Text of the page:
In my original paper I showed that throughout his writings on the Bengal famine, Sen had misquoted his sources, misstated the facts in his sources and made factual statements contradicted by the sources he used.
Sen's First Reply
In Sen's first reply, he attempted to show that he had made one less factual misstatement than I had identified, one that does not affect any of the conclusions above. He made no attempt to deny that he had made the other misstatements: any denial would have been met by printing facsimiles of the original documents.
He also claimed to have made a few less analytical errors. His reply was an attempt at obfuscation, discussing incidental points in a way to suggest to casual readers that our disagreements were minor academic squabbles. Nothing could be further from the truth.
His reply was also characterized by personal abuse and snide remarks.
In my rejoinder I showed that his claim that he had made one fewer factual misstatements was incorrect. Indeed, I showed that his reply had introduced more misstatements. For example, he misstates what I said about the Famine Inquiry Statistics; he misstates the "corrections they made"; he falsely accuses me of misrepresenting him on carryover; he states that his explanations were not meant to be hypotheses on causes even though he called them "causal hypotheses"; where I have rigorously used the word "shortage" as I defined it, in terms of the nutritional adequacy of the food available to the population, he criticizes me as though I had used it in other ways, such as no shortage implying "there being no excess demand at the ruling prices"; he falsely suggests that mainstream economists had hitherto ignored the demand side of food distribution and famine; he falsely says that I reject food imports and "Bowbrick would not accept the merit of food imports simply because the excess demand happened not to have resulted from a decline in food supply"; he misstates the number of dependants of workers, even though he quotes half the sentence which gives the right figures.
In his reply (Food Policy February 1987 pp 10-14), Sen again makes no attempt to defend himself against the charge that throughout his work on the Bengal Famine he misquoted his sources, misstated the facts in his sources, and made factual statements contradicted by his sources.
Nothing he says affects my main conclusions, even if we were to accept what he says. Instead there is an exercise in obfuscation, concentrating on side issues and making it appear that there are a mass of disagreements on minor points of interest only to academics specializing in this area.
There are also the misstatements and personal abuse that characterise his first reply. The first third of his reply is devoted to showing that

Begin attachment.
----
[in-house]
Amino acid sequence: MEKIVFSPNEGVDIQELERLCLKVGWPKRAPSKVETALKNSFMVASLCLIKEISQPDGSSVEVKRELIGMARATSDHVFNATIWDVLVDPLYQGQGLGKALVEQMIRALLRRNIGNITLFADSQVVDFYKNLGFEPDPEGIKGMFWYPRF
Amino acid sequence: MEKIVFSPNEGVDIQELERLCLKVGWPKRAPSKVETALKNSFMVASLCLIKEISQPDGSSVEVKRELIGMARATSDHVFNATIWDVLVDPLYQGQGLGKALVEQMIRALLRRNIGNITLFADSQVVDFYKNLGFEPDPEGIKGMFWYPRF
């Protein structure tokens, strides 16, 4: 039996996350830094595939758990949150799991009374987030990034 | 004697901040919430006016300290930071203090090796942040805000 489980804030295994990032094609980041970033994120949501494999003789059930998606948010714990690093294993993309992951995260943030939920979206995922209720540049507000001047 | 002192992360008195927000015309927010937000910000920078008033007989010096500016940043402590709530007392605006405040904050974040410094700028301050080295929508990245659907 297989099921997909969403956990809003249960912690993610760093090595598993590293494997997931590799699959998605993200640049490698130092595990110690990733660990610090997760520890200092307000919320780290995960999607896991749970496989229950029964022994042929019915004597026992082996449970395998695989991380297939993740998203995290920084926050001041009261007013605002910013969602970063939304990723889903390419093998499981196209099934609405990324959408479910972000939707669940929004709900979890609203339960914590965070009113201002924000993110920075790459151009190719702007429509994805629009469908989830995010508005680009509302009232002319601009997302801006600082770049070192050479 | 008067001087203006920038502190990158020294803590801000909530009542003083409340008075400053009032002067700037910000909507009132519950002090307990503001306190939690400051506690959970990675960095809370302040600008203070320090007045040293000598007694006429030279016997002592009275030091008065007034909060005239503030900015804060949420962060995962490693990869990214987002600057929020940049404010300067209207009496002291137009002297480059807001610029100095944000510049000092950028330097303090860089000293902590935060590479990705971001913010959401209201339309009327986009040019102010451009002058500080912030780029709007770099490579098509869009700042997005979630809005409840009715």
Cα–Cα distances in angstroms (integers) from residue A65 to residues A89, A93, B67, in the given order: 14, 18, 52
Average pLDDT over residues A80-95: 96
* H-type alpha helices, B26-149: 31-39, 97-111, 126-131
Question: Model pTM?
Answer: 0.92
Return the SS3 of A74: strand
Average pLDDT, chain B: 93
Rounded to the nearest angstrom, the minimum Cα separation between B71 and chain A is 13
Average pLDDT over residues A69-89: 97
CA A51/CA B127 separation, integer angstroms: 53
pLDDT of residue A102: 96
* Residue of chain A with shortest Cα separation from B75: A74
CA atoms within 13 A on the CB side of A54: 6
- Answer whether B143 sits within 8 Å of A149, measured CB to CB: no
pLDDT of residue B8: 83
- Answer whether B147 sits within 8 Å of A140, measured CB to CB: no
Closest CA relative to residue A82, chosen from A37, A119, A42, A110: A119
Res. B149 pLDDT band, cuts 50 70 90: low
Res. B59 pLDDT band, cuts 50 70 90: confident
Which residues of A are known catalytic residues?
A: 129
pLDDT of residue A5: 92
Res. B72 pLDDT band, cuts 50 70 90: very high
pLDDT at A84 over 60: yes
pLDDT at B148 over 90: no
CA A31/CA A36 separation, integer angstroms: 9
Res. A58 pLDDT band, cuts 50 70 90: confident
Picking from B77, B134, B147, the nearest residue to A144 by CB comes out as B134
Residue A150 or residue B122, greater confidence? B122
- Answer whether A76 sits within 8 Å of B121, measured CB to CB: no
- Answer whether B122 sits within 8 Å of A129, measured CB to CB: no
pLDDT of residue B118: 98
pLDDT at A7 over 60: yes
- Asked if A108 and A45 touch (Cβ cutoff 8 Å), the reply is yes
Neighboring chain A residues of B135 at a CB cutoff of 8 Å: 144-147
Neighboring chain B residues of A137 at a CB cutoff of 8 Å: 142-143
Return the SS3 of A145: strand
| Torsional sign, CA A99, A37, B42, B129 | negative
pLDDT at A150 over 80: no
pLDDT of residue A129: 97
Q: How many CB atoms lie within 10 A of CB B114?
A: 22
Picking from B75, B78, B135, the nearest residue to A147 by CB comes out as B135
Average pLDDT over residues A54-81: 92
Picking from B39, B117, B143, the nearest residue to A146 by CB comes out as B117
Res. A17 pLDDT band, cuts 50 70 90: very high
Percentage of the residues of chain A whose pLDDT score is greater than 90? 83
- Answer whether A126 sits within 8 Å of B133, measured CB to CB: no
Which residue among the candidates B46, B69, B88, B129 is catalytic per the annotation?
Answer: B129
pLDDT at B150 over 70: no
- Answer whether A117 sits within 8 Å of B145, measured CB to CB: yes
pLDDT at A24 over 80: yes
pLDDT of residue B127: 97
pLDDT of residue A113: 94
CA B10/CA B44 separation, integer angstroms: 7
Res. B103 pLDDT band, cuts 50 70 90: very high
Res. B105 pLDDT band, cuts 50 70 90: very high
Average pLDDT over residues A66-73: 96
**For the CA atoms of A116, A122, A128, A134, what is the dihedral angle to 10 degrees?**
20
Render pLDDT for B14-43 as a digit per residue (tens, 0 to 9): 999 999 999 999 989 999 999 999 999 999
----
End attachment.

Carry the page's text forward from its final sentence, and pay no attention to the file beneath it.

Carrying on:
"It is indeed hard to put much faith in Mr Bowbrick's rejection of official statistics and of the Famine Inquiry Commission's figures on the basis of one reference to 'what the trade was talking of', when that reference itself describes that talk as 'exaggerated statement' and 'propaganda, perhaps interested'. In my reply to his original article I could not help wondering that 'Mr Bowbrick's faith in the gullibility of the reader is evidently boundless' and nothing in this new Rejoinder can prevent that speculation."
Like most of Sen's statements, this is factually incorrect. My reference to what the trade was talking of was an aside in a section headed AOther Evidence". The reasons I said the production statistics were inaccurate unreliable were set out in some detail (Food Policy May 1986 pp 109-113). They drew heavily on the detailed and damning discussions of them made by contemporaries, including statisticians as eminent as Mahalanobis. These criticisms had nothing to do with what the trade thought.
Sen's relies entirely on these statistics, treating them as totally accurate, while ignoring other more reliable data which does not support his hypothesis. He says Awe cannot do much better than using all the statistics that can be found", no matter how unreliable or inaccurate. The data are so reliable that they corrupt the rest of his work. Garbage in, garbage out.
However my criticism of his figures was that even if one accepted his production figures, his crucial statement that there was 11% more rice available in 1943 than in 1941 was incorrect. His next section attempts to obfuscate this. Rather than repeat the refutation, I refer the reader to O. Goswami, of the Indian Statistical Institute, who dissected Sen's analysis at length and in great detail, using the same figures as Sen, and came to an almost identical conclusion to my own - apparently without being aware of my paper. (O. Goswami >The Bengal Famine of 1943: Re-examining the Data' in, The Indian Economic and Social History Review, Vol 27, No. 4, 1990).
In his sections "Food Shortage and FAD", and "The FAD thesis", we have, again, misstatements and abuse. In my original paper, I defined "shortage" in terms of nutrition for the population as a whole. I used the word consistently according to this definition: that is rigour. In his first reply Sen suggests that I used it in the sense "there being no excess demand at the ruling prices". In my reply I pointed out that this was a misstatement. Nevertheless, in his second reply Sen again says that I used it in this sense and states that this implies that I have made errors in analysis ("Food shortage and FAD", "The FAD thesis" p12). I can see no justification for misstating my views so comprehensively in the first place. I am astounded that he should do so again, even after the misstatement has been pointed out.
Sen ends up with a section titled "Distortions by Mr Bowbrick" where he criticizes me for attributing to him "belief in various different and contradictory causations". I attributed to him what he repeatedly described as "causal hypotheses", as I stated in my paper and my rejoinder. Yes, these "causal hypotheses" are different, contradictory and incoherent.
He states that I have misdescribed his views, accusing him of saying one thing when in fact he said another. This is a non sequitur when he said both. Once he got his basic facts wrong, he created a tangled web, where each new statement of fact, each new bit of analysis contradicts another. My quotations are correct.
I have shown throughout my original paper and my rejoinders that in all his work on the Bengal famine Sen misquoted his sources, misstated the facts in his sources and made factual statements that were contradicted by the facts in his sources. Sen has been aware of these errors of fact since 1985 at least. Neither Sen nor anybody else has even attempted to1 September 1999 show that I got my facts wrong. It is a matter of the gravest concern that the books and papers depending on these incorrect facts have not been withdrawn. It is not just that it affects the integrity of our science. It affects the lives of millions of people.